Linking Climate Change and Storm Intensification
Intense and Prolonged Hurricanes are a result of Global Warming

As Hurricane Florence makes a landfall in the eastern United States, four more storms with wind speeds of least 40 mph are brewing up in the Atlantic Ocean. It was previously in 1998, that a total of five storms simultaneously existed in the Atlantic. Scientists have stated that as anthropogenic global warming continues to increase the temperature of the atmosphere as well as of the oceans, hurricanes are poised to intensify. This is part of the climate change that could bring in unprecedented amounts of disaster to coastal areas in the future.

So, how is atmospheric and oceanic temperature linked to hurricanes? A higher atmospheric temperature augments the amount of water it can retain. In fact, for every 1 degree Celsius, or 1.8 degrees Fahrenheit, or warming – the air can hold 7% more water. This enables a tropical storm to absorb more water from the air, and fuels their intensification and result in heavier downpours. As the air gets warmer, the hydrological cycle, the process of water evaporating, condensing, and falling as rain, increases in its rate. This would result in greater frequencies of storms occurring.

Moreover, evidence has suggested that hurricanes are slowing down in their pace. No, it doesn’t mean that’s good news. It means that, now, hurricanes are going to last longer and take even more time before they subside. Hurricane Florence is forecasted to do just that, which has deemed it to be the worst hurricane to hit north of Florida in more than a 100 years.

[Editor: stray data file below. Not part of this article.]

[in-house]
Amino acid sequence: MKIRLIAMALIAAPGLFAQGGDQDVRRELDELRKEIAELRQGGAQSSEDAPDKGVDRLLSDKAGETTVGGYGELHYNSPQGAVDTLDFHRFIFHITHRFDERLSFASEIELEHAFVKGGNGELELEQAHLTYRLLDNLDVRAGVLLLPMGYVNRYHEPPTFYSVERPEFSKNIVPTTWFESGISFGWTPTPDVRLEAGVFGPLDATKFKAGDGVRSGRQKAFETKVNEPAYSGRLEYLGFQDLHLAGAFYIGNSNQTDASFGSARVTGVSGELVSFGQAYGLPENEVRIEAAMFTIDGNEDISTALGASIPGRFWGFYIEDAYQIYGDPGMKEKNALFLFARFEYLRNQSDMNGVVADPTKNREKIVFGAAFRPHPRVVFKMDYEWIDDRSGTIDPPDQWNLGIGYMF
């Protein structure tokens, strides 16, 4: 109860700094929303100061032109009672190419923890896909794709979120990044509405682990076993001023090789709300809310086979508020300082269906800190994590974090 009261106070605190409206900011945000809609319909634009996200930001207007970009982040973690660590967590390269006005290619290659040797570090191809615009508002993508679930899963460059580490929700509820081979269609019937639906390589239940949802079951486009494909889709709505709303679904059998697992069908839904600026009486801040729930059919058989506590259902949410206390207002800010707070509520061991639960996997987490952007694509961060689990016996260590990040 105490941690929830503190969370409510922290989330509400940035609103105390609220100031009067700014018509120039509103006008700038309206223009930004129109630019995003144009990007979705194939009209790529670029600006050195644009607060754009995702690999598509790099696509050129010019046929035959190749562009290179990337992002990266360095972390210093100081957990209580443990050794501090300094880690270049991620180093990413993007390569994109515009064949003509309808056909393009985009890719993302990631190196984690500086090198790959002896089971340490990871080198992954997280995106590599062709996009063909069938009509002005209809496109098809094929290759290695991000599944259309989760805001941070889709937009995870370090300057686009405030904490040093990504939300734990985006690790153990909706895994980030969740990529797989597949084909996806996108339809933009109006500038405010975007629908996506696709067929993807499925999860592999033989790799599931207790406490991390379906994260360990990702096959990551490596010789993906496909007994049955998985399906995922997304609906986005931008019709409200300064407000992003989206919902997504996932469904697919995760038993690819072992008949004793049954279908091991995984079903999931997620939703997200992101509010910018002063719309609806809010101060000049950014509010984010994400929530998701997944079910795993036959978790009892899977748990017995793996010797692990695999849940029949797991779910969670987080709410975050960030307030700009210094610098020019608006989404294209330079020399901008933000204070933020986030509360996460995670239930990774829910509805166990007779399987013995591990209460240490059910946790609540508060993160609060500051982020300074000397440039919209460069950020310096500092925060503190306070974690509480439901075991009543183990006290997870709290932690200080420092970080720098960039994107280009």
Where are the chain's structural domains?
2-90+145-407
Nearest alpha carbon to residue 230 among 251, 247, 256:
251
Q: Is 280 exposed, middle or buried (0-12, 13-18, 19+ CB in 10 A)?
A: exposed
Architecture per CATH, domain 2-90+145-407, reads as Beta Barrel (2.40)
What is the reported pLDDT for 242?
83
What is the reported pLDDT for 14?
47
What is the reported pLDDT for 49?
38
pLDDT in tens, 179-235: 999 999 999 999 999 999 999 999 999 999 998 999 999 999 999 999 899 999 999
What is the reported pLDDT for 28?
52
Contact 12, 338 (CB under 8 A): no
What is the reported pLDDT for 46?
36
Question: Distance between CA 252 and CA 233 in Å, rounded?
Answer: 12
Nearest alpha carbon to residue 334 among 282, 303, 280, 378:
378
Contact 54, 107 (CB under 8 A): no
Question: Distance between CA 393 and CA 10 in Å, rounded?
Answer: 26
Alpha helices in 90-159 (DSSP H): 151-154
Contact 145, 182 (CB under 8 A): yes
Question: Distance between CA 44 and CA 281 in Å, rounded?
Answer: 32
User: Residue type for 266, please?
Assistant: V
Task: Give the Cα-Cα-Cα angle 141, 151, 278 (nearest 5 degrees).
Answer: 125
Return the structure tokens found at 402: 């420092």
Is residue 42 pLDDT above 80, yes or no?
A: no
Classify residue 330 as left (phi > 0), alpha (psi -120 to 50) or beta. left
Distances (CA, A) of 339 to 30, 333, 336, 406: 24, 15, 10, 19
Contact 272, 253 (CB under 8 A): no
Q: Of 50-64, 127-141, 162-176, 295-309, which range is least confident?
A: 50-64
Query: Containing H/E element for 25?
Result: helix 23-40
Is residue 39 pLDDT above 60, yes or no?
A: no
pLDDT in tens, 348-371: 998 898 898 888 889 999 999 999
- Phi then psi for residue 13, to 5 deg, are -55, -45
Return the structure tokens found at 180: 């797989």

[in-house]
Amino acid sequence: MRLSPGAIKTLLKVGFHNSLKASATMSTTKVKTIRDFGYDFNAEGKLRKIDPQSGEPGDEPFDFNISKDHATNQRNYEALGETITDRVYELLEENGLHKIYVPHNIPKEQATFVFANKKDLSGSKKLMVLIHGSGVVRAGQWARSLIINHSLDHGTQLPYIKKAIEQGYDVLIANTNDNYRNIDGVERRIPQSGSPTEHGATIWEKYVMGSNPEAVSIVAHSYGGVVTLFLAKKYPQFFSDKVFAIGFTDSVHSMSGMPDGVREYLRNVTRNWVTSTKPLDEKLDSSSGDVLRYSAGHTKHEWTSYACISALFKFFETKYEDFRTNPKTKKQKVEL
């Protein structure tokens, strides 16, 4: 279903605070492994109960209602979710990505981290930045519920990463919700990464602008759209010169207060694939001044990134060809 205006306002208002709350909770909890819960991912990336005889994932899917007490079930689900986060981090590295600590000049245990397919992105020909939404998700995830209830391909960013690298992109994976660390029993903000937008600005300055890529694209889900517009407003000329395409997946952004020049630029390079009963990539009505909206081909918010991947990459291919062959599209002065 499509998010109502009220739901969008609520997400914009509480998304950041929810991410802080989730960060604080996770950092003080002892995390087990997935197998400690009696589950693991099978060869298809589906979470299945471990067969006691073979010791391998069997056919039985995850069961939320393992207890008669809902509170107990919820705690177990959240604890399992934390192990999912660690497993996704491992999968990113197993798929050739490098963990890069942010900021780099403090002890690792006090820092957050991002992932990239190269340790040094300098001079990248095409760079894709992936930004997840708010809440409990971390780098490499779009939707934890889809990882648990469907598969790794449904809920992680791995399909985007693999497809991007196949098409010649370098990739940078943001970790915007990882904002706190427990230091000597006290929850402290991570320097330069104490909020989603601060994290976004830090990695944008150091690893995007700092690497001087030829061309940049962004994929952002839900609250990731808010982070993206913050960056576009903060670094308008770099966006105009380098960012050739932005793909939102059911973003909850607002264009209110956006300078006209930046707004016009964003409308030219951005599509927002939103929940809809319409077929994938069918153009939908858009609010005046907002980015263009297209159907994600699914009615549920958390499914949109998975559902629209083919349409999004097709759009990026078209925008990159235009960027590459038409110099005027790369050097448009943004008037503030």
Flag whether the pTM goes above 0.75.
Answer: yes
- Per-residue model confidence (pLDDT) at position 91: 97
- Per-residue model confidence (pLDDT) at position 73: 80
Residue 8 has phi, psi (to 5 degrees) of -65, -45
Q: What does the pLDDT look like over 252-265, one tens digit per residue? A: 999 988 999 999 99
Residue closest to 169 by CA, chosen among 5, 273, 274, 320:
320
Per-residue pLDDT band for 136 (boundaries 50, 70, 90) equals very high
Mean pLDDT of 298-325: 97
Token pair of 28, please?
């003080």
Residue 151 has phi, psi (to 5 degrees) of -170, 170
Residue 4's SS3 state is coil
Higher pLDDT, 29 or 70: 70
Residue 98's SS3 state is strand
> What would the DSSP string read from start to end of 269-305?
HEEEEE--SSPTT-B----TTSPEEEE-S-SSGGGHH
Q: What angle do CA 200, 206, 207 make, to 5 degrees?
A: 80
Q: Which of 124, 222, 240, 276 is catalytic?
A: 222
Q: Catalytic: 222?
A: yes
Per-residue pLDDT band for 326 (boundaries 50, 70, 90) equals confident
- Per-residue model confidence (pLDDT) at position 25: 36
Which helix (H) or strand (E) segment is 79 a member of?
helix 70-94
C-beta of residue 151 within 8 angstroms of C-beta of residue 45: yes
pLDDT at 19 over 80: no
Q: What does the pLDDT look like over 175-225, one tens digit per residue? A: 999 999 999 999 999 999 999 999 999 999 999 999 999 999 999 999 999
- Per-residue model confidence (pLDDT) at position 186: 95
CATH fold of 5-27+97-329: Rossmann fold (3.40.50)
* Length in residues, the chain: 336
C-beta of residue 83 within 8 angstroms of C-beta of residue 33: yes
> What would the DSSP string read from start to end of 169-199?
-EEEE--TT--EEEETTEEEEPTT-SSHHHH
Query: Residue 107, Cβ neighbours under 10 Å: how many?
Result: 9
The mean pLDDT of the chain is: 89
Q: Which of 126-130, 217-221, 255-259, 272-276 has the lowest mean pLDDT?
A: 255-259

Wind shears are the winds that hit hurricanes from their sides to break them apart. Many researchers have also suggested that the power of wind shears are going down with climate change. A lighter wind shear would indicate that they don’t possess enough power to break the hurricanes – thus letting it linger over an area for a long time.

So, can technology be implemented to ensure that the hurricanes don’t gather up enough power as they form? The answer, unfortunately, is no. When warm air rises, cools and condenses into water droplets – a tremendous amount of latent heat is released. The latent heat produces the kinetic energy of the wind which drives the storm. At any given moment, the power of a Category 5 hurricane is as much as a nuclear warhead. No amount of technological advancement holds the capacity to deal with that amount of power.

Scientists have yet to conclude that climate change is responsible for the five storms brewing in the Atlantic. Falko Judt, a research meteorologist at the National Center for Atmospheric Research, said, “Hurricanes and tropical activity often comes in ‘bursts’ (internal variability), and that’s what we’re seeing now, coincident with the peak of hurricane season”. Hurricane Florence has taken advantage of the warm ocean waters, which played a role in its sustained and atypical westward trek towards the Carolinas.

In either way, Hurricane Florence is set to disrupt the eastern United States and cause a large amount of monetary damage. Climate Change is definitely causing such storms to intensify in their power – holding higher amounts of water and being prolonged in its duration. Even if carbon emissions are nullified at the moment, it would be a few decades before such hurricanes cease to exert so much power over humanity.